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Guillaume HerbautPhotographing 21st Century Ukraine

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Struck by the history and collective memory of Chernobyl, French documentary photographer Guillaume Herbaut has been returning to Ukraine for more than 20 years. Over two decades, he has captured the rise and fall of communities caught in the crossfire of revolutions, wars, and recoveries. For his series, “Ukraine Crisis,” he shines a light on the people and places fighting for their futures long before the world watched Russia launch a military invasion on 24 February, 2022.

All images copyright Guillaume Herbaut / Agence VU'

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The opinions expressed in this first-person interview are those of the photographer and do not necessarily reflect those of WeTransfer.

“I started photographing Ukraine in 2001. My first trip was to Chernobyl and it was a big shock for me—not just Chernobyl itself, but also the country. Everything was impacted: the people, the landscape, all of the ambience. I usually say that I’m a kid of the Cold War; when I was a kid we were very threatened by bombs and the idea of the Third World War—that’s why Ukraine became so important for me.

I saw the country change and fight for democracy. The Orange Revolution in 2004 was a very optimistic time for people who wanted change. However, in 2010, under President Yanukovych, it became clear that the country was still linked to Russia, and in the streets I saw the violence start to rise.

Usually with my work, I spend a long time on one story, so I get to know people very well when I photograph them, but during a war it’s difficult to have time to talk a lot with people and to see them multiple times. I try, if possible, to come back to the same place, to see the people and hear their news, and the news from the city. Around 13,000 people died between 2014 and 2020, mainly in Donbass. That’s why I continued to go to Ukraine, so that people won't forget this war.

But now? I was in Kyiv maybe three weeks ago and I felt sure that it would be impossible for a major war to break out in Ukraine. I don’t know how it will evolve—it’s impossible to know. When the war started I was flooded with feelings, because I have many friends in Ukraine and it was such a big shock. It’s clear in my mind that I will continue to photograph this place.”

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When the war started I was flooded with feelings, because I have many friends in Ukraine and it was such a big shock.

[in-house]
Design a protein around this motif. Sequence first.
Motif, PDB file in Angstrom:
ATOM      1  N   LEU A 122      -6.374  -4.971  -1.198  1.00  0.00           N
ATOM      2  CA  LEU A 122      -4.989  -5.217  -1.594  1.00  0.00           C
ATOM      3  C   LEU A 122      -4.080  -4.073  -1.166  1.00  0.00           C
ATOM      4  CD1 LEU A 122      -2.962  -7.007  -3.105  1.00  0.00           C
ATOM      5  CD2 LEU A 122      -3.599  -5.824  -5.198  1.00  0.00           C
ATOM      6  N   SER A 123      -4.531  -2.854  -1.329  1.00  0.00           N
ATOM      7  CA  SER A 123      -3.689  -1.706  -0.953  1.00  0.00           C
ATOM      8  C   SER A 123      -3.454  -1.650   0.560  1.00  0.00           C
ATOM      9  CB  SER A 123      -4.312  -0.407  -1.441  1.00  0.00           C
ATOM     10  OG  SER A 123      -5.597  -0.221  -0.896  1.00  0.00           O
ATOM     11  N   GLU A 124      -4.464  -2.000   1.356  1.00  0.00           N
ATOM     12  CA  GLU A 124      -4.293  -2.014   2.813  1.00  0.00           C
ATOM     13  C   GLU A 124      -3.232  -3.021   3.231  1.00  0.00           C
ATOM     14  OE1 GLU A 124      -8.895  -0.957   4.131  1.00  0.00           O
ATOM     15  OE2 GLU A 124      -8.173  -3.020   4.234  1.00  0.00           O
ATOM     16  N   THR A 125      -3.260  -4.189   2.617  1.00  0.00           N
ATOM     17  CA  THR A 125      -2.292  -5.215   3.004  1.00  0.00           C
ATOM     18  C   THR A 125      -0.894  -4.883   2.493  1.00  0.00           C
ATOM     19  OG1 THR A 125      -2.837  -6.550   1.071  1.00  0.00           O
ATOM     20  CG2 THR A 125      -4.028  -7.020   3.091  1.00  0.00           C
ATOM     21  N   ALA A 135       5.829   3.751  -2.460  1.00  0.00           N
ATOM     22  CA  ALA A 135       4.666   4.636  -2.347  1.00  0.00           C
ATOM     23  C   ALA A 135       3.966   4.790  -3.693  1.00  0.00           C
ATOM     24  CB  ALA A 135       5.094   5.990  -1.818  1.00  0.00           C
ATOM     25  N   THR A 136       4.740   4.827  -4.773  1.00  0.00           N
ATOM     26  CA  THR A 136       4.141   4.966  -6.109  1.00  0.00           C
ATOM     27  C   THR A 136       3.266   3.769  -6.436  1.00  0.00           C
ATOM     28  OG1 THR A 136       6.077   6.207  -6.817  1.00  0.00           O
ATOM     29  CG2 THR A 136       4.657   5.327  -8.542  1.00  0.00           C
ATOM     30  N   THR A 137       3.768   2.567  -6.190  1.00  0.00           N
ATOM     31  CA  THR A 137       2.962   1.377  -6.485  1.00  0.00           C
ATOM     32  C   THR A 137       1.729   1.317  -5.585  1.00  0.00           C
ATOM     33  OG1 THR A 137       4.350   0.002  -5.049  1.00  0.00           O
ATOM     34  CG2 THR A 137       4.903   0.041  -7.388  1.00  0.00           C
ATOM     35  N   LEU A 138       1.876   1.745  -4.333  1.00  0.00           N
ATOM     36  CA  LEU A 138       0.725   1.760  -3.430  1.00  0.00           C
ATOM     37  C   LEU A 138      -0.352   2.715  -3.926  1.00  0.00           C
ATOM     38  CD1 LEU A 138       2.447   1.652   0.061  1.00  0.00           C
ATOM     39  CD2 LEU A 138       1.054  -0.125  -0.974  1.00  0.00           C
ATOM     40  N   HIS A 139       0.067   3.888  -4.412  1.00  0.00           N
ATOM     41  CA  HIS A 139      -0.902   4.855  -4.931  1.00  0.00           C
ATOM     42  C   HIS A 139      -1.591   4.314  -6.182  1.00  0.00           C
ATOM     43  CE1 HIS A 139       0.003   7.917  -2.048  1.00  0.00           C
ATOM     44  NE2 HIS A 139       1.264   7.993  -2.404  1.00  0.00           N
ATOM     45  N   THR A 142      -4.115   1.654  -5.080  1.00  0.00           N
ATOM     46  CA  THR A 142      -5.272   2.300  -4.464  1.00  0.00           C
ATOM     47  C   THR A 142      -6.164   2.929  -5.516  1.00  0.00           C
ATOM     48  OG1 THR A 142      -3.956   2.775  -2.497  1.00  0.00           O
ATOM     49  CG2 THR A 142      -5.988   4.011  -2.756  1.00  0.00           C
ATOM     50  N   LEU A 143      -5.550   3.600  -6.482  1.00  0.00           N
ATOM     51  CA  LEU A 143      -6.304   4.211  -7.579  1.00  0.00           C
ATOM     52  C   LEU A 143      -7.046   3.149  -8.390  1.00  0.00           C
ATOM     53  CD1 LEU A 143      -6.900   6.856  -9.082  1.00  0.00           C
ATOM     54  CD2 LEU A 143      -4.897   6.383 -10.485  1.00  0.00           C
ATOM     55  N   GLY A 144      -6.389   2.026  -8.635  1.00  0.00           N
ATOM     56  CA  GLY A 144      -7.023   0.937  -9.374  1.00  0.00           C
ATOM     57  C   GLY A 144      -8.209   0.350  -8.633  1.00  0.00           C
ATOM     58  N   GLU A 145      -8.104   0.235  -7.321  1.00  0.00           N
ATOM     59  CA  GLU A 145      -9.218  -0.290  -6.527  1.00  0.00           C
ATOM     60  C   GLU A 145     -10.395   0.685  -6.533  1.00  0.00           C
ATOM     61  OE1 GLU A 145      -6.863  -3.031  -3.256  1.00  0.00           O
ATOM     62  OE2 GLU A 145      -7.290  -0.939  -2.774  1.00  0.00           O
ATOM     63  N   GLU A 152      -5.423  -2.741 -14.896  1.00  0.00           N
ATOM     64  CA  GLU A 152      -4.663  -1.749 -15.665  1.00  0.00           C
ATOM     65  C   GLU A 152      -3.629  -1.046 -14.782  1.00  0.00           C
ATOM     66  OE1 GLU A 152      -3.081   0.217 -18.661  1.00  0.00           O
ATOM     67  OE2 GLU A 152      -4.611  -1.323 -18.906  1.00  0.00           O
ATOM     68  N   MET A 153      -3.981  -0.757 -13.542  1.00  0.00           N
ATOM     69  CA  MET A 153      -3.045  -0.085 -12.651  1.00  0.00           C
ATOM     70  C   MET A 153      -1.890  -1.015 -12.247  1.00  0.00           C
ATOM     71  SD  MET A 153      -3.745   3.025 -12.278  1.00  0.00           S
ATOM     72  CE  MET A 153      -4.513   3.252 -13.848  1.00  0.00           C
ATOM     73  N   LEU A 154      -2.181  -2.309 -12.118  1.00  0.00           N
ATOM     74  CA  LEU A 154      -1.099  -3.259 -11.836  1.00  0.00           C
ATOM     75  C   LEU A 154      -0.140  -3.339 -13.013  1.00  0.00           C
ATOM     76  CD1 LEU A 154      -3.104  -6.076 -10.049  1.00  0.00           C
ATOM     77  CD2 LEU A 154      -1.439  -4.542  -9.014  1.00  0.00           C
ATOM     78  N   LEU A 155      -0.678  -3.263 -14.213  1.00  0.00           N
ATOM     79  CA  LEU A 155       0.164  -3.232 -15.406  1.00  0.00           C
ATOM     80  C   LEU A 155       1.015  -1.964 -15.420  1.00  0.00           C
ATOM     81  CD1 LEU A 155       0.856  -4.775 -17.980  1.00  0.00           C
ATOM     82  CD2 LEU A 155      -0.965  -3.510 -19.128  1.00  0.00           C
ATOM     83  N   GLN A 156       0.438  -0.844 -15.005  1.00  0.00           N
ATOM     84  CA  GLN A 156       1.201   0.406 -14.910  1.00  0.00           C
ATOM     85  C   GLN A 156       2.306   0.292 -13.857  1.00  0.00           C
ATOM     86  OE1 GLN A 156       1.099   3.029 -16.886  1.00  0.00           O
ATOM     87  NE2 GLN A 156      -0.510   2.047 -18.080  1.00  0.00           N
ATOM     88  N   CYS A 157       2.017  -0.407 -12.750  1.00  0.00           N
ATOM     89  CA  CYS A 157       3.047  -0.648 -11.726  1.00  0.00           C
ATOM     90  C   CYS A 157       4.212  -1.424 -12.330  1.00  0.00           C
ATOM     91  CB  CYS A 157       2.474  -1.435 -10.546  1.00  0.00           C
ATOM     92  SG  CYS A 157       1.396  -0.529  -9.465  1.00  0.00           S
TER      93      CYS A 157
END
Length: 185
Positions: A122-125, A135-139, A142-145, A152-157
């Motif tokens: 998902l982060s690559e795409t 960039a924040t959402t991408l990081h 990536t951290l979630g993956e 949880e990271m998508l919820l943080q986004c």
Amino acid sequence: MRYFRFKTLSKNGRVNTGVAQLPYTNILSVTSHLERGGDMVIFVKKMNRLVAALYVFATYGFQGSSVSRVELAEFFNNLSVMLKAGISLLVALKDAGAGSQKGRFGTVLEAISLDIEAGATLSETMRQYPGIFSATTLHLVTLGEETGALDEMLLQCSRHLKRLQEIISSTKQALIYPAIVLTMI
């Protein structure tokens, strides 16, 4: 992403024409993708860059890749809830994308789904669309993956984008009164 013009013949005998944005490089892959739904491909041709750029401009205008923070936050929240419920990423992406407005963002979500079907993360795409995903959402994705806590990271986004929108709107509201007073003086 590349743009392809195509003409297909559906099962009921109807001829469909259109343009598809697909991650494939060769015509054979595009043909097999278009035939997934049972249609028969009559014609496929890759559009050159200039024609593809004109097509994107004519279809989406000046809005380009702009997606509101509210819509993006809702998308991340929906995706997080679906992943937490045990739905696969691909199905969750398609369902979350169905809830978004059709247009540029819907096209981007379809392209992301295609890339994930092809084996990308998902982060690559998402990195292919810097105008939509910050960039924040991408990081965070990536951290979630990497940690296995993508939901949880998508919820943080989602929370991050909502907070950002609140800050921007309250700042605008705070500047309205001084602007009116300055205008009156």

“This is an old man whose apartment was just destroyed by an airstrike, and he’s trying to find something in the rubble. What can I say? It was a very intense time; it was a time when separatists ruled Debaltseve. After I shot this picture, I spoke with him—we went into the building, and he showed me his apartment, and we talked and talked. It was the only time I saw him. It was impossible for me to come back again, because it’s in a separatist pro-Russian area and they didn’t authorize my return.”

“This was Mariupol in 2014, not far from the front line, and people were training and preparing for an invasion by the Russians. I was part of an organization which helped the military collect equipment for Ukrainian soldiers, and this woman had made a camouflage uniform for a sniper to use. It was bizarre because it looked just like a party—I saw the two kids with the colorful balloons as if they were at a costume party. I tried to show something that felt like fiction with this picture—of course, there was the serious reality of what they were doing, but it looked as though they were just gathering to make costumes for a fun event.”

“This was Hrushevskoho Street in Kyiv in January where there were violent confrontations between law enforcement and pro-EU protesters. The special anti-riot units, the Berkuts, used weapons against the masses, and this was the first day that there were many deaths. I was shot with a rubber bullet, and I saw them shoot at people with shotguns; I was so close to them, and watched the police take out their guns and shoot people. We [Guillaume and other journalists] followed the policemen up the street and we came to a place where they were facing the demonstrators; there were just a few meters between them. The demonstrators were making barricades with tires, and all the journalists were stuck between the two lines. At that very moment it started to snow, and the combination of the fire, the smoke from the burning tires, and the snow created this strange and particular light and color in the picture.”

“This was taken after a big fight in Amvrosiivka. I was driving with my fixer, and we saw this field covered in artillery shells. We were completely alone, and we started to work in the middle of this field surrounded by bombs; it was extremely dangerous but at the time we weren’t conscious of this—we just didn’t think. After some time we saw men from the military separatist forces approaching in a car. They stopped to have a look at which bombs were undetonated and could be used one more time, deciding which ones to keep. We stayed with them, they accepted us, and I got the shot.”

“This was in Marinka, a big city on the front line. This street where she walks was Lenin street. Where she is, it’s safe, but if you go forward any further you will walk directly into the war; after 500 meters you’ll find the front line. People continue to live in the street with kids, many of them injured by guns, by bombs, and by flying metal.”